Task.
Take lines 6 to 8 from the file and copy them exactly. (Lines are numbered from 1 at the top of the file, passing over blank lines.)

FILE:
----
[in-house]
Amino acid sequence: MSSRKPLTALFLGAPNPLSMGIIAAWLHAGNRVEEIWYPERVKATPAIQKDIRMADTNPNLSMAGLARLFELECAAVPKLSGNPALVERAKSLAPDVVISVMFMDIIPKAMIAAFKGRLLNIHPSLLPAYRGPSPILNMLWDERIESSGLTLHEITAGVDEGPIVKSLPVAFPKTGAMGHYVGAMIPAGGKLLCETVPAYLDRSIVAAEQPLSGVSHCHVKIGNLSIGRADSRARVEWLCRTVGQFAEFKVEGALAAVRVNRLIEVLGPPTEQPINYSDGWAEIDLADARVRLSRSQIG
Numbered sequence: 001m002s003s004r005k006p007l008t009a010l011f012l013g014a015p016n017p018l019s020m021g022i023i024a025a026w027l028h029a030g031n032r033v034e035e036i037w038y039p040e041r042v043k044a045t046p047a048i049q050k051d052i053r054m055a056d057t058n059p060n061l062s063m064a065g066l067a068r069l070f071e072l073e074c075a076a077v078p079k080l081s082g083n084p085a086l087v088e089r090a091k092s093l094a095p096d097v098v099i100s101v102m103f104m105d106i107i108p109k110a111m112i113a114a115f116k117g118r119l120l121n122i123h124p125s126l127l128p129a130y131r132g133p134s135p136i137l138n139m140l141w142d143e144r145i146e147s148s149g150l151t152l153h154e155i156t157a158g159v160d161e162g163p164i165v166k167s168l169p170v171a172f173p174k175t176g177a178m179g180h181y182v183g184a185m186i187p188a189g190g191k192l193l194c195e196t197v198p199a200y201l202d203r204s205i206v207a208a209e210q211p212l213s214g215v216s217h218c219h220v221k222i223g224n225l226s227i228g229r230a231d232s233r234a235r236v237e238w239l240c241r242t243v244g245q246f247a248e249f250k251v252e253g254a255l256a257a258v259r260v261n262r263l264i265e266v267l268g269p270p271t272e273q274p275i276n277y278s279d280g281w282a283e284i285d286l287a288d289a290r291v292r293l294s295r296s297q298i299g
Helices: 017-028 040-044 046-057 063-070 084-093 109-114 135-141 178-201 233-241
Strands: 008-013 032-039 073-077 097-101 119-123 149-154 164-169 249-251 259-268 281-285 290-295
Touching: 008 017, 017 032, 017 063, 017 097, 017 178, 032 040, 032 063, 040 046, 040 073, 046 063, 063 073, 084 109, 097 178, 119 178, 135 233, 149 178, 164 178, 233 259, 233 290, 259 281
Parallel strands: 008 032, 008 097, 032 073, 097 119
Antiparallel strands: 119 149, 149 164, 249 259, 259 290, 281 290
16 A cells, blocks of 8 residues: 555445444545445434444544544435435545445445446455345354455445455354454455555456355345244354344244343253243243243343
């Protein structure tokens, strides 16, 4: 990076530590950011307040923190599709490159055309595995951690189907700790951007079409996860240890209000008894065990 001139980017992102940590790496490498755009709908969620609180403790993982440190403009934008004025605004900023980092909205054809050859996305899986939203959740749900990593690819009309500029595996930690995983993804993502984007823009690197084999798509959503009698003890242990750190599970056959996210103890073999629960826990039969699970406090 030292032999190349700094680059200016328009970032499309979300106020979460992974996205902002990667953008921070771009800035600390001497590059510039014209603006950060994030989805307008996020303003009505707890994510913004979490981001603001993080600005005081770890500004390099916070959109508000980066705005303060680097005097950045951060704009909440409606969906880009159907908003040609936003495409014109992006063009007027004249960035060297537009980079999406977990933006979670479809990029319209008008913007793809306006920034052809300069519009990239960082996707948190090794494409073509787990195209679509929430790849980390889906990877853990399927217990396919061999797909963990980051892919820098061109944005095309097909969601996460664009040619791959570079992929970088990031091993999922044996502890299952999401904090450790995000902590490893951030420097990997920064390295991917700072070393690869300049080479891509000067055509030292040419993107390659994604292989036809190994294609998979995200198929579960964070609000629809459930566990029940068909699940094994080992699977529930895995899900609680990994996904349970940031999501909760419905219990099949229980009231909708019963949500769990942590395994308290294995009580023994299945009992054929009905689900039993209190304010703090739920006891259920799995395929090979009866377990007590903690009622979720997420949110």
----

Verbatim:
Touching: 008 017, 017 032, 017 063, 017 097, 017 178, 032 040, 032 063, 040 046, 040 073, 046 063, 063 073, 084 109, 097 178, 119 178, 135 233, 149 178, 164 178, 233 259, 233 290, 259 281
Parallel strands: 008 032, 008 097, 032 073, 097 119
Antiparallel strands: 119 149, 149 164, 249 259, 259 290, 281 290